Clan Warfare in Egypt - The Washington Institute for Near East Policy
Given Egypt's brewing power struggles, the current state of relative calm should not be mistaken for progress, let alone stability.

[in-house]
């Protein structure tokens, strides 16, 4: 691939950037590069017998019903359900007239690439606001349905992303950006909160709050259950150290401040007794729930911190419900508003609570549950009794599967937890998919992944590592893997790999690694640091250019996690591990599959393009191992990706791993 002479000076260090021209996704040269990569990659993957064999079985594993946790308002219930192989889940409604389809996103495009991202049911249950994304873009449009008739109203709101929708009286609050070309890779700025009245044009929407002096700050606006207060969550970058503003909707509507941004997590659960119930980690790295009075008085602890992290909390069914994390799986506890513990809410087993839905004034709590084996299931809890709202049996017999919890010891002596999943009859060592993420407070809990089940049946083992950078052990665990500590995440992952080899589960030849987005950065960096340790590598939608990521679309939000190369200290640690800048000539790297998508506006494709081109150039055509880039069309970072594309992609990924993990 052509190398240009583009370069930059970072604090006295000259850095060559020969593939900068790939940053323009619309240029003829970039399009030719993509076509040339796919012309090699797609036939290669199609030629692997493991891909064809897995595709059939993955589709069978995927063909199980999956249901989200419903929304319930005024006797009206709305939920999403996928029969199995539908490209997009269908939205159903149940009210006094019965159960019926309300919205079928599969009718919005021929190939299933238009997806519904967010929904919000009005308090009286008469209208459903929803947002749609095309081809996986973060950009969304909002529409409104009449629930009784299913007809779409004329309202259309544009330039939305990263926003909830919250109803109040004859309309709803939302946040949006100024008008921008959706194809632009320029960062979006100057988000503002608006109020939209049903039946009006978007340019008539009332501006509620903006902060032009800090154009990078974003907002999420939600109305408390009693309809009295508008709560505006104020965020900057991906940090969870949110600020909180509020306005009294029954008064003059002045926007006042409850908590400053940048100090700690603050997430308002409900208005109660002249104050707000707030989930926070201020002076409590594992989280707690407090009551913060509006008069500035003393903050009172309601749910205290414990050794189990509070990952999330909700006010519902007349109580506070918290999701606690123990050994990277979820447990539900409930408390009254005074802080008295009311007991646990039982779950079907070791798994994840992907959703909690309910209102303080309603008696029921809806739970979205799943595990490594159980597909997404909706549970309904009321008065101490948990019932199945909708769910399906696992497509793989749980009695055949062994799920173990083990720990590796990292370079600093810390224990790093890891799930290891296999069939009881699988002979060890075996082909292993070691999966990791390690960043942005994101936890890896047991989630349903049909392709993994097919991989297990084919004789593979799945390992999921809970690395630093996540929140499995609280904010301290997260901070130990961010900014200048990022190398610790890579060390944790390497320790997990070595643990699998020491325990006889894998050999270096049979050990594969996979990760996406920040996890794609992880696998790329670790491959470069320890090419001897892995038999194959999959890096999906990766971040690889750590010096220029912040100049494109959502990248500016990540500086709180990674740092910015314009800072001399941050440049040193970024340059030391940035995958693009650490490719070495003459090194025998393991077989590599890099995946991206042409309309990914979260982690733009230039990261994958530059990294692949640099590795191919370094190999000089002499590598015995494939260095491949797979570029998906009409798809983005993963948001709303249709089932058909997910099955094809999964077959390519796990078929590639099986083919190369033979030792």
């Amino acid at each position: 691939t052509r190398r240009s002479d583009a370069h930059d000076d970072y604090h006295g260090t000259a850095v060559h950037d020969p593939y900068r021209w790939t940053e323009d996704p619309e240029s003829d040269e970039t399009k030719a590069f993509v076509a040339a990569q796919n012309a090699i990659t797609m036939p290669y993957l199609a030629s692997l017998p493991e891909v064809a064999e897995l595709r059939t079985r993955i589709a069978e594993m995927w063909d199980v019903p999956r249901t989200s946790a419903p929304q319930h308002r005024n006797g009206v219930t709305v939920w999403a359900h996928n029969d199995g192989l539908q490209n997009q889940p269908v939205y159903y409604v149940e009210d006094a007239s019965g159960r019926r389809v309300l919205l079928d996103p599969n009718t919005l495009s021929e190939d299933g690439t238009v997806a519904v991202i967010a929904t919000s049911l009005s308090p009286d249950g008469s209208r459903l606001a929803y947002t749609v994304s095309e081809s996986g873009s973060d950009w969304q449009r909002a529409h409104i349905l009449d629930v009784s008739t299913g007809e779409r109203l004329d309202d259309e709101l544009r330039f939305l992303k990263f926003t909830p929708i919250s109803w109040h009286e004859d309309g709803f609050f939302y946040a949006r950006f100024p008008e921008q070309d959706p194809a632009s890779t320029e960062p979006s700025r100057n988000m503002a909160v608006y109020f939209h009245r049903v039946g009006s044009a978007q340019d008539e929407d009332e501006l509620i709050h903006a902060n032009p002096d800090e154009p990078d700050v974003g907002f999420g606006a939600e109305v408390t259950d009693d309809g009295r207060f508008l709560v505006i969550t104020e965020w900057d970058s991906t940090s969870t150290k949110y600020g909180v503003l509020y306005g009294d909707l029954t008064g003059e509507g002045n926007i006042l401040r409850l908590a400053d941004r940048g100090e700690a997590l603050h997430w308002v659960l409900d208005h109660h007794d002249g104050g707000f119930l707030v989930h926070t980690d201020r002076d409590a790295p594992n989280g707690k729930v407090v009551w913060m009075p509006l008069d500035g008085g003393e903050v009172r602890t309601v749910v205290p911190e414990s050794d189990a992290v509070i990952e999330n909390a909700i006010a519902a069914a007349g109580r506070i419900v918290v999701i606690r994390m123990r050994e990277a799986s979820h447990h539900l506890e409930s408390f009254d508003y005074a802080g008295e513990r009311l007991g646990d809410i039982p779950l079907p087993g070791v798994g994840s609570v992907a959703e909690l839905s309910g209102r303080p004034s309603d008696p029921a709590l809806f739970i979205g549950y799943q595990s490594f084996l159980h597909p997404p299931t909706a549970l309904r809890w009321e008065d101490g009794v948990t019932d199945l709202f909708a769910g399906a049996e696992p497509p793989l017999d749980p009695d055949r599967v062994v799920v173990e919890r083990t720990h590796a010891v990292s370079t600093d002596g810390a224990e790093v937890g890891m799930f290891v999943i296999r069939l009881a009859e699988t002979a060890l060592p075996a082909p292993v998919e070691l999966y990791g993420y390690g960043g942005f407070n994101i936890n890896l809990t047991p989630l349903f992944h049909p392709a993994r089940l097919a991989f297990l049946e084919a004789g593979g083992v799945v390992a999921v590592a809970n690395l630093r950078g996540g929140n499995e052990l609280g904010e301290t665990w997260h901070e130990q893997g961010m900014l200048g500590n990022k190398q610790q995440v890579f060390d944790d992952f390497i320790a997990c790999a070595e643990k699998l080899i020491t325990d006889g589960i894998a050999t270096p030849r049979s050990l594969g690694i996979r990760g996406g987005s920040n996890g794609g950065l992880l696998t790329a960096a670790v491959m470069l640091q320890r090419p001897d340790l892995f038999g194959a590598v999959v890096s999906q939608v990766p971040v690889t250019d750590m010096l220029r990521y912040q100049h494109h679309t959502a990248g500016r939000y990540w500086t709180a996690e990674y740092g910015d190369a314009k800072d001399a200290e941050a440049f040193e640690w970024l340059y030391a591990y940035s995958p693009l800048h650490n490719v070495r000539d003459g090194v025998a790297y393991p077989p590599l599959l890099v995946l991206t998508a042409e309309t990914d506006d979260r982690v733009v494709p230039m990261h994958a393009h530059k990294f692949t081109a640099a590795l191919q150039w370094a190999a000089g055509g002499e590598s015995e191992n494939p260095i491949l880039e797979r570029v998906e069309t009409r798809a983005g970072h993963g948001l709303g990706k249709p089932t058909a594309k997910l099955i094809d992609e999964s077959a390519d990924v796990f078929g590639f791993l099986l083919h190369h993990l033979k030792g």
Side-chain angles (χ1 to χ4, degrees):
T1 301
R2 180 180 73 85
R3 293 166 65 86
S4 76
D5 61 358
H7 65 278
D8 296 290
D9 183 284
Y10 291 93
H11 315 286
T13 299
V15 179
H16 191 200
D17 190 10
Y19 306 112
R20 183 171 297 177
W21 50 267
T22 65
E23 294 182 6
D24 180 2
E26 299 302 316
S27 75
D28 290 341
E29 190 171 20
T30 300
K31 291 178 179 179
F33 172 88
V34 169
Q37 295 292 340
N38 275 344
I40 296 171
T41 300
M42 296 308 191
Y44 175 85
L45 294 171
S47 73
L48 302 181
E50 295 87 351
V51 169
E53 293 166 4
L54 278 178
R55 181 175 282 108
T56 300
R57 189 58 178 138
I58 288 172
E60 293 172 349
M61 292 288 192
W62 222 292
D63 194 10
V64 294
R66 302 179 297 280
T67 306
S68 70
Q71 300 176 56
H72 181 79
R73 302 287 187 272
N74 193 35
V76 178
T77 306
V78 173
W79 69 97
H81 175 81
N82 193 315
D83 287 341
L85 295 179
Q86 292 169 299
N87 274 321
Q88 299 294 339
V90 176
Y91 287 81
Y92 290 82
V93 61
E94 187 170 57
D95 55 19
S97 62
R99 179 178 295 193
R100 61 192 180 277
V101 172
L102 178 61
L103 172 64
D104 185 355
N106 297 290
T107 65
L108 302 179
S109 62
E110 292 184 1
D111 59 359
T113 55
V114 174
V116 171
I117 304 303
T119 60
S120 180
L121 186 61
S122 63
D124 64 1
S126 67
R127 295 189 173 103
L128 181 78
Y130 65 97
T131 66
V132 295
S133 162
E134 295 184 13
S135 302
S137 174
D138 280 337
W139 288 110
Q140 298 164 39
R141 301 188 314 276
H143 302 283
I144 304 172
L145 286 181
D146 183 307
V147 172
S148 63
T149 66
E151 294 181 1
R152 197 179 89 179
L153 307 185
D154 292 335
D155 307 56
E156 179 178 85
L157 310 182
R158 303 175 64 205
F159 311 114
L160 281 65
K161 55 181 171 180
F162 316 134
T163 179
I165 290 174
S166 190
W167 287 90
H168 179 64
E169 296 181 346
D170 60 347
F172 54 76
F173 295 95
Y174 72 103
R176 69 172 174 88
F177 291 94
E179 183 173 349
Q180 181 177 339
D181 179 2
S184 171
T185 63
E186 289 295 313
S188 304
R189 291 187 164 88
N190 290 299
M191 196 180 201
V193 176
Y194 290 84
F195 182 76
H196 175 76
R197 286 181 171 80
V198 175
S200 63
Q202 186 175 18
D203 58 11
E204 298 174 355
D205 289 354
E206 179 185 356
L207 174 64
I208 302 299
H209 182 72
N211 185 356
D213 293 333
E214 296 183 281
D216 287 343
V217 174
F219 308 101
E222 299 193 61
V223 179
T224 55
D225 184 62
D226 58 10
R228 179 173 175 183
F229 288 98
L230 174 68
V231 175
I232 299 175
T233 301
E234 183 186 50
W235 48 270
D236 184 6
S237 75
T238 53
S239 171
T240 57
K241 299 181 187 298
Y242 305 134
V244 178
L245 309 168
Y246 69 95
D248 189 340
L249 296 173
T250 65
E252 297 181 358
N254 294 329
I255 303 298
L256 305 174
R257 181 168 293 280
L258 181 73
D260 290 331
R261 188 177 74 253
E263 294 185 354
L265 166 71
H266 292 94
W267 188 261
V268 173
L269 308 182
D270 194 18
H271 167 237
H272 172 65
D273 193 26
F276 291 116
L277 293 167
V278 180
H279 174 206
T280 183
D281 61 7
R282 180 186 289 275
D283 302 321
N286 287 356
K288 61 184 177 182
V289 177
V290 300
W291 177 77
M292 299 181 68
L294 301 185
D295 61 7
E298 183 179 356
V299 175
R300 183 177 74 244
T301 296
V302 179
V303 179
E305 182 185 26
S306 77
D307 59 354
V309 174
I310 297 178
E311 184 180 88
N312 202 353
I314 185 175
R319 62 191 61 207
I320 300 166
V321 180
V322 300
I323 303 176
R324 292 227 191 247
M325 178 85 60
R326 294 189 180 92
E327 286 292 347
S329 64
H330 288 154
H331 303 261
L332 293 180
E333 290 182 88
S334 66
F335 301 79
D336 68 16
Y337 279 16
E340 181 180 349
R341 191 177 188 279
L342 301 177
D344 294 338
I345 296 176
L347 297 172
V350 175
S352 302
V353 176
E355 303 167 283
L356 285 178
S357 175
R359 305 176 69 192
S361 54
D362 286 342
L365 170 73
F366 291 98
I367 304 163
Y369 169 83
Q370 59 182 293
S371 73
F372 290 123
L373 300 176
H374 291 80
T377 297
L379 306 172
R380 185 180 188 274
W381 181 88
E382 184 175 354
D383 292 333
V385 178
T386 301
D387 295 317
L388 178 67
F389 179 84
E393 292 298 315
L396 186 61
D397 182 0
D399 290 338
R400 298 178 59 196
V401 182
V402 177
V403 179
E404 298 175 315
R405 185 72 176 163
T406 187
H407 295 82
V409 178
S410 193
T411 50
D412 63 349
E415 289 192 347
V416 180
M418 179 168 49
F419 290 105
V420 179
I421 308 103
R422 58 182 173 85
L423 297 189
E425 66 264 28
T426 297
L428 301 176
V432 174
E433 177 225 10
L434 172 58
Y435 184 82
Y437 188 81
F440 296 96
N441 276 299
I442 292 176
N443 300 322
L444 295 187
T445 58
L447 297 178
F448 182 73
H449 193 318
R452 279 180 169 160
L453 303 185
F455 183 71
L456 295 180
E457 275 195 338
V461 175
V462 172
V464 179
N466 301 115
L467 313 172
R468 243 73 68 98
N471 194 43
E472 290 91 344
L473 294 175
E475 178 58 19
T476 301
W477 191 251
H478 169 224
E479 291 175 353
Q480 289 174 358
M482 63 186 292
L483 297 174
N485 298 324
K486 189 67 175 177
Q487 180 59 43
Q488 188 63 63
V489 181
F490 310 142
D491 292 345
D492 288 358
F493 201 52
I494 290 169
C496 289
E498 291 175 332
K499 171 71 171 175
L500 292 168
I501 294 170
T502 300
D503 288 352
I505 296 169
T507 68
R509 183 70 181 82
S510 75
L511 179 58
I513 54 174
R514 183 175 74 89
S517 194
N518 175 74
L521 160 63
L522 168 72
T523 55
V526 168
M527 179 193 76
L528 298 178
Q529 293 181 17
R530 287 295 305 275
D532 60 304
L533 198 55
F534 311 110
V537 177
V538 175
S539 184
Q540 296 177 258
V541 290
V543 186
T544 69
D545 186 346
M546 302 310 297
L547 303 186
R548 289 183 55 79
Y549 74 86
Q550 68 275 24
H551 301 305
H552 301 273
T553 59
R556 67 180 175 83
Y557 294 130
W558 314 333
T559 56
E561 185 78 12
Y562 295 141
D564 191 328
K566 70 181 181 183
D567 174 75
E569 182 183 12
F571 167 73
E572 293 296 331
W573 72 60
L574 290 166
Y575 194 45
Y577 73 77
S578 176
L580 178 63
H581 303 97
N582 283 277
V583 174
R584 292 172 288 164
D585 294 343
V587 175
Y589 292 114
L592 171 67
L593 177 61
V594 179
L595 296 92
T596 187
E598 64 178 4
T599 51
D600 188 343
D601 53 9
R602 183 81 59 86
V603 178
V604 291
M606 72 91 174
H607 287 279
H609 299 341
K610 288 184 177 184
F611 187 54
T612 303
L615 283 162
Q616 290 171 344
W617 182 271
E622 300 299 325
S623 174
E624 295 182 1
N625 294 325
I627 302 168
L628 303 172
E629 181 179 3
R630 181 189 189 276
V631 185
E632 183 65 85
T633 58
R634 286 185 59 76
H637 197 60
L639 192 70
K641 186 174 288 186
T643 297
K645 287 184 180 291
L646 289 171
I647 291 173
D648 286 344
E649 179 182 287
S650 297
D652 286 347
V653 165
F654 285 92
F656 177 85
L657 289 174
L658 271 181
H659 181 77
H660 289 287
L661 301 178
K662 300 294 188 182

Nearly five months after the uprising-cum-coup that ousted President Mohamed Morsy, Egypt is mostly calm. That might seem surprising, especially given the reemergence of hundreds-strong protests following the military-backed government's passage of a law restricting demonstrations last week, and the ongoing power struggle between the government and the Muslim Brotherhood, in which over 1,000 Morsy supporters have been killed. Just last week, Islamist protesters reached Tahrir Square for the first time since Morsy's ouster this summer. But this is also the way most of Egypt has been for the past three years: Like the old Microsoft Windows computer game Minesweeper, the most explosive tumult typically occurs in small pockets, leaving the rest of the country safe, tranquil, and at times eerily quiet.